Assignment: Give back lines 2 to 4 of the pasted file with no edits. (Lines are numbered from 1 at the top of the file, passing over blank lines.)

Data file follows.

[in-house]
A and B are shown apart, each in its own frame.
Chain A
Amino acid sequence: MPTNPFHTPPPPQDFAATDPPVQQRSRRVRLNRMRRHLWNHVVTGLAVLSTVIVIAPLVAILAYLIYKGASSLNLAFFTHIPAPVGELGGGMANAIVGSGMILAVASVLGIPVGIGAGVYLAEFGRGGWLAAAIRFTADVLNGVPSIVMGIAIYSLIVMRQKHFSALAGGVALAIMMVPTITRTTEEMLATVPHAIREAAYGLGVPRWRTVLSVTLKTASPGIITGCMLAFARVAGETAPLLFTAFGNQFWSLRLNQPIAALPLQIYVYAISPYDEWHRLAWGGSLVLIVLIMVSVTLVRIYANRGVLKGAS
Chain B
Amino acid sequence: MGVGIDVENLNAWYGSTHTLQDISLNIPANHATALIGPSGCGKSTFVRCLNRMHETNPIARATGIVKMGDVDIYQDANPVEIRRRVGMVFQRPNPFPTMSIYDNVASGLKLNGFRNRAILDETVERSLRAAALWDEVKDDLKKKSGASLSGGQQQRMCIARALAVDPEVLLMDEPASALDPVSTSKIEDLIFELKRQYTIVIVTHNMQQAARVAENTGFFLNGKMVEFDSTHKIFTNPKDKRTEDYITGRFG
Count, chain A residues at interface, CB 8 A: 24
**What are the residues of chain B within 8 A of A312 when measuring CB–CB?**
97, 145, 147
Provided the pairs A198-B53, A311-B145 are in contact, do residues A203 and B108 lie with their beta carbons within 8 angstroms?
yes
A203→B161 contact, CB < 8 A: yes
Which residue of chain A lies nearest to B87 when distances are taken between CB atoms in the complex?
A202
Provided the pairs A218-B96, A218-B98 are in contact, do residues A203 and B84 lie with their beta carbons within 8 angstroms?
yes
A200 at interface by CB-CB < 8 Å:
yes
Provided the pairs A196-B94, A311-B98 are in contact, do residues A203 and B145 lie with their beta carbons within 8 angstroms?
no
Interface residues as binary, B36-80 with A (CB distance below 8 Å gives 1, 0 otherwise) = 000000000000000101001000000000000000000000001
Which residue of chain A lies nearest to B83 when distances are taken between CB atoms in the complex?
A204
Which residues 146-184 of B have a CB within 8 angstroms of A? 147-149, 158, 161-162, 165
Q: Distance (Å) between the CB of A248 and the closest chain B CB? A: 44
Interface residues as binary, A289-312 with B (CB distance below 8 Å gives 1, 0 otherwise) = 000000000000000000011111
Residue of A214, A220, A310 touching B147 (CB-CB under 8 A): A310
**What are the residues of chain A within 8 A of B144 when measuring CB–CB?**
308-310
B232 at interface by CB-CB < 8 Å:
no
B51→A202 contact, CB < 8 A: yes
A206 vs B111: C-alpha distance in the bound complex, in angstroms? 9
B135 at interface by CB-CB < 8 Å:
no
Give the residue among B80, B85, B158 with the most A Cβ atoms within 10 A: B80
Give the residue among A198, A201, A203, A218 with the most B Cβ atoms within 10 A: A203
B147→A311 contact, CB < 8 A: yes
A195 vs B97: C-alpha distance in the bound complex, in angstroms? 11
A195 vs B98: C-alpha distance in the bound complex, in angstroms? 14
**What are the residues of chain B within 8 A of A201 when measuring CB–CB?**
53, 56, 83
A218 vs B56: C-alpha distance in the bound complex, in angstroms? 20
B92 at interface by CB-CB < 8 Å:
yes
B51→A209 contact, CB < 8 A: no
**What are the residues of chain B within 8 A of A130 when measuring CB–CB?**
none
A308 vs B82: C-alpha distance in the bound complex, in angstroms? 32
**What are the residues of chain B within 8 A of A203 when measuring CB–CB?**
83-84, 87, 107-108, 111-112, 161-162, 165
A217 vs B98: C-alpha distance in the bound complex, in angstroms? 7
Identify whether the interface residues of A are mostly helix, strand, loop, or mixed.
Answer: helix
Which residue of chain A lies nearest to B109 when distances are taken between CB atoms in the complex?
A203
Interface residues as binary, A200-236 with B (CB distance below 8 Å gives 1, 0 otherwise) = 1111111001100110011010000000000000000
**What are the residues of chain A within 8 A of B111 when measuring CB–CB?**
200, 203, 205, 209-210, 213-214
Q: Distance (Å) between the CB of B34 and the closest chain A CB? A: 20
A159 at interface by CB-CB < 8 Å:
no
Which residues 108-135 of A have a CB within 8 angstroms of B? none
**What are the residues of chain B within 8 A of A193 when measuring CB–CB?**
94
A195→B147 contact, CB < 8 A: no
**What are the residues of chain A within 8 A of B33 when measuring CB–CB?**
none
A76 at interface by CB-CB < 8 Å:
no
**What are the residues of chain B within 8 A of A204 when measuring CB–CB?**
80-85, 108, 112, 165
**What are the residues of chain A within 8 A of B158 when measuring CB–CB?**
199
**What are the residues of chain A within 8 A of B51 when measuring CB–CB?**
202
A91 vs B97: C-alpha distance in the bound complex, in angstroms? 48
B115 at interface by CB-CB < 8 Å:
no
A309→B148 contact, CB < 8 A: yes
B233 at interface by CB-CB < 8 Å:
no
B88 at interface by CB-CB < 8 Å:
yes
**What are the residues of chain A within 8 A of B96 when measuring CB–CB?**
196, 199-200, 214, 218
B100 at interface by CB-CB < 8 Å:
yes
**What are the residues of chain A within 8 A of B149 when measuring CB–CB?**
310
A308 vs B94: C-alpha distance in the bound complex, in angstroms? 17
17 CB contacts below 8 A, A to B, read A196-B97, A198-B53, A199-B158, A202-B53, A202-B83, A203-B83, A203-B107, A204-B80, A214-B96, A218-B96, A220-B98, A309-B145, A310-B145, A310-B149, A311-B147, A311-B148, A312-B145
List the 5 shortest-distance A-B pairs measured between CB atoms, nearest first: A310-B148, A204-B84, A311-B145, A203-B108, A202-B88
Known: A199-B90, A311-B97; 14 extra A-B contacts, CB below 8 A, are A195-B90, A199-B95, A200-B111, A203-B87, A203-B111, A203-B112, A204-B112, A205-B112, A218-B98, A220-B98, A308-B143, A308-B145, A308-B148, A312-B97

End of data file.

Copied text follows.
A and B are shown apart, each in its own frame.
Chain A
Amino acid sequence: MPTNPFHTPPPPQDFAATDPPVQQRSRRVRLNRMRRHLWNHVVTGLAVLSTVIVIAPLVAILAYLIYKGASSLNLAFFTHIPAPVGELGGGMANAIVGSGMILAVASVLGIPVGIGAGVYLAEFGRGGWLAAAIRFTADVLNGVPSIVMGIAIYSLIVMRQKHFSALAGGVALAIMMVPTITRTTEEMLATVPHAIREAAYGLGVPRWRTVLSVTLKTASPGIITGCMLAFARVAGETAPLLFTAFGNQFWSLRLNQPIAALPLQIYVYAISPYDEWHRLAWGGSLVLIVLIMVSVTLVRIYANRGVLKGAS